The poor, pompous egotist Mark Pattison, writing long after he had lost his own faith, gives this account of October 1845:
"On the 9th of October 1845 it was known that Newman had resigned his fellowship. On 10th October, Church showed me a note from Newman to him, announcing his coming reconciliation to the Catholic Church by Father Dominic [which had of course by that day already occurred]. It is impossible to describe the enormous effect produced in the academical and clerical world, I may say throughout England, by one man's changing his religion. But it was not consternation; it was a lull - a sense that the past agitation of twelve years was extinguished by this simple act; and perhaps a lull of expectation to see how many he would draw with him. Instead of a ferocious howl, Newman's proceeding was received in respectful silence, no one blaming. But as there must always be an advocatus diaboli, this part was sustained by the Vicar of St Thomas (!) [Pattison's own parenthetic exclamation mark] who went about inveighing against Newman's honesty in putting out the theory contained in his last sermon; 'He didn't believe it when he wrote it'".
It is not clear to me what, exactly, in Newman's Parting of Friends sermon, my predecessor Thomas Chamberlain deemed to be so dishonest.
There is an interesting episode in the life of George Bampfield, a Master at Lancing College (largely autobiographical though written in the third person): "He could no longer stay at Lancing, and went, as a last resource, to S Thomas', Oxford, then under Mr Chamberlain, the editor of the Church Times. One day his vicar came into his room, and noticing among his books a Totum [the entire Breviary in one volume instead of four] which belonged to one of Mr Bampfield's brothers, and which he himself had hardly opened, said: 'There is no use talking to you; you are gone'. The vicar was a true prophet; for after three Sundays Mr Bampfield left Oxford and determined to be reconciled to the Church of the Saints". He went to Brompton, where (13 August 1855) Fr Faber received him into Full Communion, more or less on the doorstep.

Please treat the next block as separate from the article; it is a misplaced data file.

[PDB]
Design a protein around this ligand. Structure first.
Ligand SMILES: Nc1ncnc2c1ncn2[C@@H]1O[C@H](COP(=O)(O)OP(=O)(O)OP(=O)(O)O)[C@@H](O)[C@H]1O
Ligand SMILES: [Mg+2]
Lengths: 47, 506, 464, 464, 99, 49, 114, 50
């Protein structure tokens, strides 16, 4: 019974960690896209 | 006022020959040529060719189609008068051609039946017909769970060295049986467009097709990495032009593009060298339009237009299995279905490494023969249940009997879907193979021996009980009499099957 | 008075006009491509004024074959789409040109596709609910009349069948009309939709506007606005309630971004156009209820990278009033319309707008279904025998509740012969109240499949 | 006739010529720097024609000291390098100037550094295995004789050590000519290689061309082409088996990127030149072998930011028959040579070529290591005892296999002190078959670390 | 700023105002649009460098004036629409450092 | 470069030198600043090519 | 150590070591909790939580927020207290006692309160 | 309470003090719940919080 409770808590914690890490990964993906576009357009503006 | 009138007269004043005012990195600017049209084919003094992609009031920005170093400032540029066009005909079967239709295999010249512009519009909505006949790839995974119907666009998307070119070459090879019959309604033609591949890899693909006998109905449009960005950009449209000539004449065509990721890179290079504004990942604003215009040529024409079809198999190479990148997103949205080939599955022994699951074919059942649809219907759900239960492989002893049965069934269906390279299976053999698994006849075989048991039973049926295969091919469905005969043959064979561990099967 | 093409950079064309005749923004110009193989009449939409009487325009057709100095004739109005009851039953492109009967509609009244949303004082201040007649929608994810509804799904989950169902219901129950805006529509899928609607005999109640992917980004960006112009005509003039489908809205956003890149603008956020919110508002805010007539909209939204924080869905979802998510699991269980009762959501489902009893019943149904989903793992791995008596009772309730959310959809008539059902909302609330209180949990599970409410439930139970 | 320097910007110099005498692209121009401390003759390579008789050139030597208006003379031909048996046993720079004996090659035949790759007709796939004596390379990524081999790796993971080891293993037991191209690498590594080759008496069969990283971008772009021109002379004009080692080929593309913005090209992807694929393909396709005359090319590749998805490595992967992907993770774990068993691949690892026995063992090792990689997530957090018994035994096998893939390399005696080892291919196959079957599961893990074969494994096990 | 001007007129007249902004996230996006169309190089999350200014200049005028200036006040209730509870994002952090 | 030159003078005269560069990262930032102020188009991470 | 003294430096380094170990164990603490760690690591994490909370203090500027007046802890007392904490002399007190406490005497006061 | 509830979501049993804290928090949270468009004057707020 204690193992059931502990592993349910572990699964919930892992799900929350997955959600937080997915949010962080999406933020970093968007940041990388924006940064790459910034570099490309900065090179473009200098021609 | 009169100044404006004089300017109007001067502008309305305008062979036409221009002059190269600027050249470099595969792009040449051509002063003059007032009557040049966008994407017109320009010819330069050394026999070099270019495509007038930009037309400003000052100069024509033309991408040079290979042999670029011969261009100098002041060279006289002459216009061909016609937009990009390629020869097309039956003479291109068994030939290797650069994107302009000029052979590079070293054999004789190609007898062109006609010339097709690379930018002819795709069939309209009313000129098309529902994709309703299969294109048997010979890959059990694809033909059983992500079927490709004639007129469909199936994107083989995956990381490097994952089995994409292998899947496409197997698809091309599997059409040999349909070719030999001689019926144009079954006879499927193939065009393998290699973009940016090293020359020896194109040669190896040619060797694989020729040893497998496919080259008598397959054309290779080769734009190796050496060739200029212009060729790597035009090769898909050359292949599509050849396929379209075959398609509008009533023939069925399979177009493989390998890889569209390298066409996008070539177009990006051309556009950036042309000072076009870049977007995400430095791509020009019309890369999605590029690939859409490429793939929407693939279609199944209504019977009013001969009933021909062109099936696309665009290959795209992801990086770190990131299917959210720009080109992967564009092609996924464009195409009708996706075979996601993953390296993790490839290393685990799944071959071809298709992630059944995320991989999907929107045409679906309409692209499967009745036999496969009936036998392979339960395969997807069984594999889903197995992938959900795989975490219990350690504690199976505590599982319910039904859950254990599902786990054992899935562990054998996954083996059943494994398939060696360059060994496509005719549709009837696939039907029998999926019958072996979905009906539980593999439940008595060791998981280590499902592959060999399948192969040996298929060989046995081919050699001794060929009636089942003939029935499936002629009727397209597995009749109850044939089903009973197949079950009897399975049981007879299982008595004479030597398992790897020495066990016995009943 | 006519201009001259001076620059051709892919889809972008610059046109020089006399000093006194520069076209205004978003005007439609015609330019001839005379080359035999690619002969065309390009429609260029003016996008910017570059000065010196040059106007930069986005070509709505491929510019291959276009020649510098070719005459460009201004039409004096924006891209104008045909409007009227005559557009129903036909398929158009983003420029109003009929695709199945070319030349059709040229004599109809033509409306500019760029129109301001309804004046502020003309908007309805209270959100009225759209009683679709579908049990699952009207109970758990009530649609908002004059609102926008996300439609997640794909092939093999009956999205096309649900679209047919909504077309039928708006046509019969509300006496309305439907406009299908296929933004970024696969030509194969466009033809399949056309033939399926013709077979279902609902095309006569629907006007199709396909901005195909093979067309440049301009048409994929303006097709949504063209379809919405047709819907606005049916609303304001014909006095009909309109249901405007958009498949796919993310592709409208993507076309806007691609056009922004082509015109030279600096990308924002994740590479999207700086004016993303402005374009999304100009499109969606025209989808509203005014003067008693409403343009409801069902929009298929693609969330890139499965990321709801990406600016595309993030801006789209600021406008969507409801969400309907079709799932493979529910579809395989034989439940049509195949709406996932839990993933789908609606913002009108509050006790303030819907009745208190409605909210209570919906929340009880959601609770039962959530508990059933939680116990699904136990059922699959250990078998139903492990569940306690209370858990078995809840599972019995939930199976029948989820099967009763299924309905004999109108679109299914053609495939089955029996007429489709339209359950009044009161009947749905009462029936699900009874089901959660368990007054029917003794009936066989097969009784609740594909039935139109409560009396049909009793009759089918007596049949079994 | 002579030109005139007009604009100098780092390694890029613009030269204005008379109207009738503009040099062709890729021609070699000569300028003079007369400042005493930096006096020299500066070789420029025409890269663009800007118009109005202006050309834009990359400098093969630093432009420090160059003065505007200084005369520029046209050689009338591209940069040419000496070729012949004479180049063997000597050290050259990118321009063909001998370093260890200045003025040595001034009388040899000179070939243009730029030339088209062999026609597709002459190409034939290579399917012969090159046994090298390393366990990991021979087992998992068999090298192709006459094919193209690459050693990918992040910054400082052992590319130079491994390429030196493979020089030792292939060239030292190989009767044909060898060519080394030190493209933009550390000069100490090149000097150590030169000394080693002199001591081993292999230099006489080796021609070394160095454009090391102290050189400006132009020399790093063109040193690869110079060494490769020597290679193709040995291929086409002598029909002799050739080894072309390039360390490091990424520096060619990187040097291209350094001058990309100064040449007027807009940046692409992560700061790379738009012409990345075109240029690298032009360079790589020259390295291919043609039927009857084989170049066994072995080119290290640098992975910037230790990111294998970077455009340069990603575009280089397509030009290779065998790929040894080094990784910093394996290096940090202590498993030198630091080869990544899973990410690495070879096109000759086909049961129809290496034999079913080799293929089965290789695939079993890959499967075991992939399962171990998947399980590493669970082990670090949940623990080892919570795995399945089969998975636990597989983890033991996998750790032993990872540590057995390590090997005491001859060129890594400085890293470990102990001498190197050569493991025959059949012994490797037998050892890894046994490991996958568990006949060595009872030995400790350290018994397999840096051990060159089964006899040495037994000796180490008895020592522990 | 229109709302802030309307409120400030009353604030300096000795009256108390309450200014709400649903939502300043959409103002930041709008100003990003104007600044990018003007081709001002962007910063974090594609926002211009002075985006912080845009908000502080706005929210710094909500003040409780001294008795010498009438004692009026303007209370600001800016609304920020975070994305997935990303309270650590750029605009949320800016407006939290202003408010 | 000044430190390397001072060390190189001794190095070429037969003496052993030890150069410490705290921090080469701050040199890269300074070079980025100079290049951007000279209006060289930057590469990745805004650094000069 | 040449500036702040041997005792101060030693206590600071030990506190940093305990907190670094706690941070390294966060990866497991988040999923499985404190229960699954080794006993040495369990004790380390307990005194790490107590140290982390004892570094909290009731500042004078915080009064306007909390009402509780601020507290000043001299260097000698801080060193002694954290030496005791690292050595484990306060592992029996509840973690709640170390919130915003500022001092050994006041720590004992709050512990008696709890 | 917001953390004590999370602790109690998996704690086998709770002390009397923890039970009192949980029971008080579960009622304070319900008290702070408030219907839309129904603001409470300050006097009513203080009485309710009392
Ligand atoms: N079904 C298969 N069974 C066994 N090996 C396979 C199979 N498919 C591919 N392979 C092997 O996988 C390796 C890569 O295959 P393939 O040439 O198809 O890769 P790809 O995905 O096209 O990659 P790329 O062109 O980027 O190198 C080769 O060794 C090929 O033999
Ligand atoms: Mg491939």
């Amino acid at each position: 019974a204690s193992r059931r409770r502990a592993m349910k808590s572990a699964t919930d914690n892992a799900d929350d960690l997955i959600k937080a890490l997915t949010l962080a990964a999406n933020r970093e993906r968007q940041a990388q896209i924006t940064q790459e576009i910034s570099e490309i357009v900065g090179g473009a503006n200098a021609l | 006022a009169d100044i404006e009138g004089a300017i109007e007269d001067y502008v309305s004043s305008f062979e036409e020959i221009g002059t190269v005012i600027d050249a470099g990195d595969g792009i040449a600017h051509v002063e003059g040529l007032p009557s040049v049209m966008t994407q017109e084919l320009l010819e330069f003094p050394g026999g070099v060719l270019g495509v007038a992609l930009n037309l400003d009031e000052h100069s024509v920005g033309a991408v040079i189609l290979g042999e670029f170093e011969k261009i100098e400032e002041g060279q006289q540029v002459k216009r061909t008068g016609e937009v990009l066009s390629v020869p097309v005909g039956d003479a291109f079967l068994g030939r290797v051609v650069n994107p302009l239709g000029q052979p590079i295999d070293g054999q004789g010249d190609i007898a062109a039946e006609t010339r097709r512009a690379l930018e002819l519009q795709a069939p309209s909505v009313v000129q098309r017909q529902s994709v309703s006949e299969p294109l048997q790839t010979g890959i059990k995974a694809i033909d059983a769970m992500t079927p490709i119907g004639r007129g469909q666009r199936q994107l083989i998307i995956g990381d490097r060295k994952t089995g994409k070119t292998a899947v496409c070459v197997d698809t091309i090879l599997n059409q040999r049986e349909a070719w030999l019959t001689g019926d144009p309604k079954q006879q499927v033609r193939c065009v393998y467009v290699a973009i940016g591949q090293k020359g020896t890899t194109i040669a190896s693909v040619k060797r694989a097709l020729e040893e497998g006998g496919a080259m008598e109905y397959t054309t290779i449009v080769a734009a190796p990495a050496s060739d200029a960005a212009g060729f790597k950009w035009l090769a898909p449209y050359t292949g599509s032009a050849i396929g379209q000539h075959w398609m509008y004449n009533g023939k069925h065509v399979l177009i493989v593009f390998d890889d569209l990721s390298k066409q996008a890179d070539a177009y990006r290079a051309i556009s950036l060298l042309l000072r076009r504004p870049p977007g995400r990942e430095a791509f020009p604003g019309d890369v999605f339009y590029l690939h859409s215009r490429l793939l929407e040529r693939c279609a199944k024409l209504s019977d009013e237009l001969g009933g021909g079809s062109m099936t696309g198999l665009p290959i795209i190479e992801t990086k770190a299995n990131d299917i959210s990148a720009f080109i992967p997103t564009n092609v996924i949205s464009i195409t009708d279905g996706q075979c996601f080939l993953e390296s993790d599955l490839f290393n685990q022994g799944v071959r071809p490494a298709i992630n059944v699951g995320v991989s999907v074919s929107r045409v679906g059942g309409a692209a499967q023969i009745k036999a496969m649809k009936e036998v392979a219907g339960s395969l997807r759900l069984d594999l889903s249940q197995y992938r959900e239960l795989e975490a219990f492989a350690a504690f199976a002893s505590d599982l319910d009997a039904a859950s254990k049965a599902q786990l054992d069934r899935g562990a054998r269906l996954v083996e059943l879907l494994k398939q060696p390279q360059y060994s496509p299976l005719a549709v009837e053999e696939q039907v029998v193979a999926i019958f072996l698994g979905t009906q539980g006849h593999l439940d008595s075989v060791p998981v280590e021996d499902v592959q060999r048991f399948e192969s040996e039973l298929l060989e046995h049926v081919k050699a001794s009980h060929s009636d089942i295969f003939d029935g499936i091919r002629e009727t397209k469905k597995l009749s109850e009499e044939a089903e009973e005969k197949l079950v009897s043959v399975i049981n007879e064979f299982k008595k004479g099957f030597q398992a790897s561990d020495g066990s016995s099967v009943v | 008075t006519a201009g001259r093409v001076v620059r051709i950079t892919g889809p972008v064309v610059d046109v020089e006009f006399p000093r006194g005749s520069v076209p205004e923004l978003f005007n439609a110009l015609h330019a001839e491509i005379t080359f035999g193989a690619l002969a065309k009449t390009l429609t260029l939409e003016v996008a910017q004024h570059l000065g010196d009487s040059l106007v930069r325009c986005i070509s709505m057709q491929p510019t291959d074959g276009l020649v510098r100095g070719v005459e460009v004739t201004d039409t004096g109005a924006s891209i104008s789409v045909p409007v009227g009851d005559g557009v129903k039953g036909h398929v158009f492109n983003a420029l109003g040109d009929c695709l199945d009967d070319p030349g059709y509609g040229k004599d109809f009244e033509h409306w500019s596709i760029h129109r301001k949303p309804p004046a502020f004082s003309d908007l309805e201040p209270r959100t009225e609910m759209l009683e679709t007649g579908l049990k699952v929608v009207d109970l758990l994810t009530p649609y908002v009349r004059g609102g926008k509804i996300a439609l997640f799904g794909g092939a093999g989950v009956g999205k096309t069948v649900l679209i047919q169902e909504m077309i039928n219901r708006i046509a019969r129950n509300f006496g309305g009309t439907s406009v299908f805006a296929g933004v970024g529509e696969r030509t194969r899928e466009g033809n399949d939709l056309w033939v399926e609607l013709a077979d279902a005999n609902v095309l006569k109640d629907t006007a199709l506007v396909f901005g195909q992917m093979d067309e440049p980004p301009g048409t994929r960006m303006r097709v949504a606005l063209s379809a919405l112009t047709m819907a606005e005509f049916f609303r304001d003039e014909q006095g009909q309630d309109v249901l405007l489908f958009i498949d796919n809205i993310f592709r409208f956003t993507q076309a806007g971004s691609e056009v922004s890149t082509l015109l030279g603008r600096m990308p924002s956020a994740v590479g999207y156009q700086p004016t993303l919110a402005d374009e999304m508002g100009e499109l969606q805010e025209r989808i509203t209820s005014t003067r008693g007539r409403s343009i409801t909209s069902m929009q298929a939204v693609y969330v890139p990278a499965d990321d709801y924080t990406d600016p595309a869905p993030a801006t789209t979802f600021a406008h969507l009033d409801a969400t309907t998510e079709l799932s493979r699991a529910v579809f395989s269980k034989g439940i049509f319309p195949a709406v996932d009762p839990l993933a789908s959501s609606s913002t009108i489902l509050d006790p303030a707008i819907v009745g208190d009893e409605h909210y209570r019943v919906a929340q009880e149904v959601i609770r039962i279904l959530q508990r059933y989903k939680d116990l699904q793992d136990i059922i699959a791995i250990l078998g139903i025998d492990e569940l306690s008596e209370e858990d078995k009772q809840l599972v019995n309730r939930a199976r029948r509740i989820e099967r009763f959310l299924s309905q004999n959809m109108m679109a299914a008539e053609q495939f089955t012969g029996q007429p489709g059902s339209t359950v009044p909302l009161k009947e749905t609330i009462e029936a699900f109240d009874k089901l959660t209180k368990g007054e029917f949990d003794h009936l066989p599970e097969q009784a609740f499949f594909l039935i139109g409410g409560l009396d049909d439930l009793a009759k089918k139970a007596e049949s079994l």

Perhaps the reason Bampfield went to Chamberlain was his perception of S Thomas's as by far the most 'advanced' church in England; Eucharistic Vestments in some shape or form* may have been in use since the early 1840s, and incense was established by the mid-1850s. In other words, Bampfield or his advisers felt that if S Thomas's, with all its Romish extremism, could not retain him in the Church of England, no parish church could. Possibly the meaning of Pattison's exclamation mark is: "And that from a dishonest extremist like Chamberlain of all people!!"
*Initially, it seems, more than one Oxford red silk MA hood sewn together (by Chamberlain's cousin the religious foundress Marion Hughes) so as to make a 'chasuble' not too alarmingly different from the MA hood to which conservative worshippers were accustomed. At Pentecost 1854 a proper purpose-made chasuble (Roman shape) was taken into use.